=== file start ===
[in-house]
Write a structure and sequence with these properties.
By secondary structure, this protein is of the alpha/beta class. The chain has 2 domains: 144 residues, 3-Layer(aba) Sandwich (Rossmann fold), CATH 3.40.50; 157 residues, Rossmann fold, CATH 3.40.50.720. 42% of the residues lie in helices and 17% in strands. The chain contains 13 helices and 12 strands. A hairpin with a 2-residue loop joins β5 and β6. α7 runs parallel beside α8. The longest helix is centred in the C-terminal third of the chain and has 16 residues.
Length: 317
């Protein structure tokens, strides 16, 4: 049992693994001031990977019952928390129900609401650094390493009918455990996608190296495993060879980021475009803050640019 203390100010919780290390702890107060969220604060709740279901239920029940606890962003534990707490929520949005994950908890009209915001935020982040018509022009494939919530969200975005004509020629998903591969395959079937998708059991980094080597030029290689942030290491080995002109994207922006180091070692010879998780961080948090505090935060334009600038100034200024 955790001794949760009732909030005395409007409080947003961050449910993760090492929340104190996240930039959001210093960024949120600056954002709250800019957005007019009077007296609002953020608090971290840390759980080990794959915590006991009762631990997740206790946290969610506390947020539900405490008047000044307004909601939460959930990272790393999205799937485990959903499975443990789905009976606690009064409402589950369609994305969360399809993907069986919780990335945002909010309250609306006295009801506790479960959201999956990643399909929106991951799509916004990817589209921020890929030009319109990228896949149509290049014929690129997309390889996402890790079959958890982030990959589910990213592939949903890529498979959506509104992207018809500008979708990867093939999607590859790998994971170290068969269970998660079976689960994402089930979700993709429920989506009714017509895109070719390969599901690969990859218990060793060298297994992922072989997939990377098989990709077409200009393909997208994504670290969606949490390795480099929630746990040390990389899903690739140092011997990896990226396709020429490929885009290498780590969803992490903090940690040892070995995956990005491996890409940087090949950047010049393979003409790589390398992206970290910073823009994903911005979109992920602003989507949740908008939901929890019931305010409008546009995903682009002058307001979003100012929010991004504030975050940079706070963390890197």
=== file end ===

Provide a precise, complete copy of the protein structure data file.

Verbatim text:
[in-house]
Write a structure and sequence with these properties.
By secondary structure, this protein is of the alpha/beta class. The chain has 2 domains: 144 residues, 3-Layer(aba) Sandwich (Rossmann fold), CATH 3.40.50; 157 residues, Rossmann fold, CATH 3.40.50.720. 42% of the residues lie in helices and 17% in strands. The chain contains 13 helices and 12 strands. A hairpin with a 2-residue loop joins β5 and β6. α7 runs parallel beside α8. The longest helix is centred in the C-terminal third of the chain and has 16 residues.
Length: 317
């Protein structure tokens, strides 16, 4: 049992693994001031990977019952928390129900609401650094390493009918455990996608190296495993060879980021475009803050640019 203390100010919780290390702890107060969220604060709740279901239920029940606890962003534990707490929520949005994950908890009209915001935020982040018509022009494939919530969200975005004509020629998903591969395959079937998708059991980094080597030029290689942030290491080995002109994207922006180091070692010879998780961080948090505090935060334009600038100034200024 955790001794949760009732909030005395409007409080947003961050449910993760090492929340104190996240930039959001210093960024949120600056954002709250800019957005007019009077007296609002953020608090971290840390759980080990794959915590006991009762631990997740206790946290969610506390947020539900405490008047000044307004909601939460959930990272790393999205799937485990959903499975443990789905009976606690009064409402589950369609994305969360399809993907069986919780990335945002909010309250609306006295009801506790479960959201999956990643399909929106991951799509916004990817589209921020890929030009319109990228896949149509290049014929690129997309390889996402890790079959958890982030990959589910990213592939949903890529498979959506509104992207018809500008979708990867093939999607590859790998994971170290068969269970998660079976689960994402089930979700993709429920989506009714017509895109070719390969599901690969990859218990060793060298297994992922072989997939990377098989990709077409200009393909997208994504670290969606949490390795480099929630746990040390990389899903690739140092011997990896990226396709020429490929885009290498780590969803992490903090940690040892070995995956990005491996890409940087090949950047010049393979003409790589390398992206970290910073823009994903911005979109992920602003989507949740908008939901929890019931305010409008546009995903682009002058307001979003100012929010991004504030975050940079706070963390890197």